Assemblymember Tom Ammiano (D-San Francisco) said he learned a great deal about the Nikkei wartime experience through personal anecdotes. “I had a friend named Paul Takamatsu who was raised in Hawaii, and because of Pearl Harbor it was particularly brutal on the Japanese American population — intrusions into homes, banging on doors. Finally they realized that internment wasn’t a preferable way to go because they needed the workforce.
“So Mr. Takamatsu’s father had to wear a large ‘J’ around his neck identifying himself as Japanese Americans, kind of like the yellow star [that Jews were forced to wear in Nazi Germany] … Paul always told me that his father never got over that shame, even on his deathbed.”
Ammiano worked with former internee Kiku Funabiki, who “spearheaded a curriculum on the internment, a true picture of what happened, for the San Francisco schools, which I was happy to introduce when I was elected to the Board of Education…
“I think one of the reasons that we do love America is when we make these mistakes we’ll stand up and recognize what we’ve done and hope … we will never, ever repeat it.”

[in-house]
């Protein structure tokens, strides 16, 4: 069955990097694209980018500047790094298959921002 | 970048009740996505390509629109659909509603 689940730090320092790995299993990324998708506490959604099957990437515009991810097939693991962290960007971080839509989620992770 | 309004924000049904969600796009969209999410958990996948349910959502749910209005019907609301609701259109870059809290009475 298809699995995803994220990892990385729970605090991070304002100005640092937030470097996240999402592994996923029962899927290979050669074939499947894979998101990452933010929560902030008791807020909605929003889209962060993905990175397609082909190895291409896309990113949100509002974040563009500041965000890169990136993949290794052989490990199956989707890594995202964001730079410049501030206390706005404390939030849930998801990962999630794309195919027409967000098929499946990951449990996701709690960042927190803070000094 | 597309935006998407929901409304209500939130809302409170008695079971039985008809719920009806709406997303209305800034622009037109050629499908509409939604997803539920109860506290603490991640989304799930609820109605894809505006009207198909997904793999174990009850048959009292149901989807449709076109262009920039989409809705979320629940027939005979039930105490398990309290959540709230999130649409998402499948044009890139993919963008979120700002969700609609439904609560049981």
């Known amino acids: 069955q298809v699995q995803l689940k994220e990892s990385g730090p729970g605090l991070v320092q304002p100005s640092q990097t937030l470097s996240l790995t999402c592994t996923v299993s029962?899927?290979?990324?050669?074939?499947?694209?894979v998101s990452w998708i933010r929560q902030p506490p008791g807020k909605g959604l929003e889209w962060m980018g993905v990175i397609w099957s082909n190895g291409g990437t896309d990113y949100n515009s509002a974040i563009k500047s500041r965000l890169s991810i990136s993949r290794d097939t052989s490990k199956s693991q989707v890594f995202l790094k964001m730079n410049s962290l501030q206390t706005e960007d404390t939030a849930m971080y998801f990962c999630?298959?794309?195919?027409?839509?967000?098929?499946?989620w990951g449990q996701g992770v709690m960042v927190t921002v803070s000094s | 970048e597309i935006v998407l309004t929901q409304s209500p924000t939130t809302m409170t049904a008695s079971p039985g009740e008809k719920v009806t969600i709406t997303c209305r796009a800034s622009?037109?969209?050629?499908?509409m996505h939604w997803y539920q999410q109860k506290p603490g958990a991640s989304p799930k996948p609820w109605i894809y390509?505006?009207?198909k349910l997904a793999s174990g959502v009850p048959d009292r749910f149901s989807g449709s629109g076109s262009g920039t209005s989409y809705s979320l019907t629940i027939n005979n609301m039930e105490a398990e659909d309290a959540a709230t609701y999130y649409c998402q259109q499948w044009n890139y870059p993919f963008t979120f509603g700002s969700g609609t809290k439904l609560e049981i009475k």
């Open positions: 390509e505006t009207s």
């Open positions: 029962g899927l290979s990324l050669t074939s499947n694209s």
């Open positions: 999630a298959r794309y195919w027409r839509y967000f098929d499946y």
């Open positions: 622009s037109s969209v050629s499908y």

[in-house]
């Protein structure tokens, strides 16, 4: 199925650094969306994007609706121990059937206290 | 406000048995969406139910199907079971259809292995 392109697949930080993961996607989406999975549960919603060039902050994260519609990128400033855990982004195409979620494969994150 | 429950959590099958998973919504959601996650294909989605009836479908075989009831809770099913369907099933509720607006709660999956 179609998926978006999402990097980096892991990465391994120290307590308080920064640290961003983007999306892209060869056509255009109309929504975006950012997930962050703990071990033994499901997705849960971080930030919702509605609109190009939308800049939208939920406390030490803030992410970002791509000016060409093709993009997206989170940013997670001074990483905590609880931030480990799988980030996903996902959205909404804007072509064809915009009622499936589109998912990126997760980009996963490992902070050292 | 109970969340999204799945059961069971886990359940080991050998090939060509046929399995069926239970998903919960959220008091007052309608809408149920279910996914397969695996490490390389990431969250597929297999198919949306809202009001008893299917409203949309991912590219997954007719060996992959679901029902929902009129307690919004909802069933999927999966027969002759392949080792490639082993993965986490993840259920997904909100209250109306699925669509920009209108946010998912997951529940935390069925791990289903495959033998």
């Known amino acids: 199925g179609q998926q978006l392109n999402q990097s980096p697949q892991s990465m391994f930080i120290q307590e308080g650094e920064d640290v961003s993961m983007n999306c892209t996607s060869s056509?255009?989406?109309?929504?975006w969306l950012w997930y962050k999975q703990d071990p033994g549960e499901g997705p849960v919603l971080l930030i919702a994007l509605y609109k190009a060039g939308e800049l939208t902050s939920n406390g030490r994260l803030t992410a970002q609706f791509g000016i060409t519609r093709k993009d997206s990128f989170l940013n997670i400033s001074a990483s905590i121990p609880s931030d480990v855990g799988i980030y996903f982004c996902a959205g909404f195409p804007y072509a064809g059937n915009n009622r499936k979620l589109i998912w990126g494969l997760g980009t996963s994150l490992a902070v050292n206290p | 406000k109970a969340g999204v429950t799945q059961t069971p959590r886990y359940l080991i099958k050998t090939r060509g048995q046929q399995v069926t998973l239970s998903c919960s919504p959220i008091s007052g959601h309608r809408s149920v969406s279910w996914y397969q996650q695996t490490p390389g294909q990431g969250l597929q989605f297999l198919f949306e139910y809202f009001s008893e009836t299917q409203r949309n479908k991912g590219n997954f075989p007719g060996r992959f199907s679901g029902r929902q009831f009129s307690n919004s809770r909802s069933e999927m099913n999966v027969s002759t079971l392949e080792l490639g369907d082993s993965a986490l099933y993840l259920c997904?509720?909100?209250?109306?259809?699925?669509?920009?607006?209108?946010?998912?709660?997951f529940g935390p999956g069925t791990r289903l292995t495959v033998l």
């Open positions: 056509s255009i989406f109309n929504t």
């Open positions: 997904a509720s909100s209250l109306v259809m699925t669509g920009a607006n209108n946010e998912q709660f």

Assemblymember Brian Jones (R-Santee) recalled that his knowledge of World War II came from his own family history. “My grandfather … was a flight navigator on B-24s in the South Pacific and was shot down and served 18 months in a Japanese prison camp. I heard the horrors and death and brutality that he and his colleagues had to survive in the POW camps. So until I came to the California State Legislature, that’s all I knew about the struggle between Americans and the Japanese.
“But when Ms. Yamada shared three years ago … and opened my eyes to what Japanese Americans went through in America, and the overreach of our government to attack American citizens on American soil, was the first time that I had gained that perspective and became appalled at the capabilities of our government against our own people.
“And it would be very easy as it would have been for my grandfather to become hard-hearted, cold and revengeful, which he did not do. It would be very hard for Japanese Americans in America today to have that attitude as well.”
Jones thanked Yamada for her service and called her “a very good example for all of us on this floor of class and respect.”
Muratsuchi thanked his colleagues for their support and the resolution passed without debate.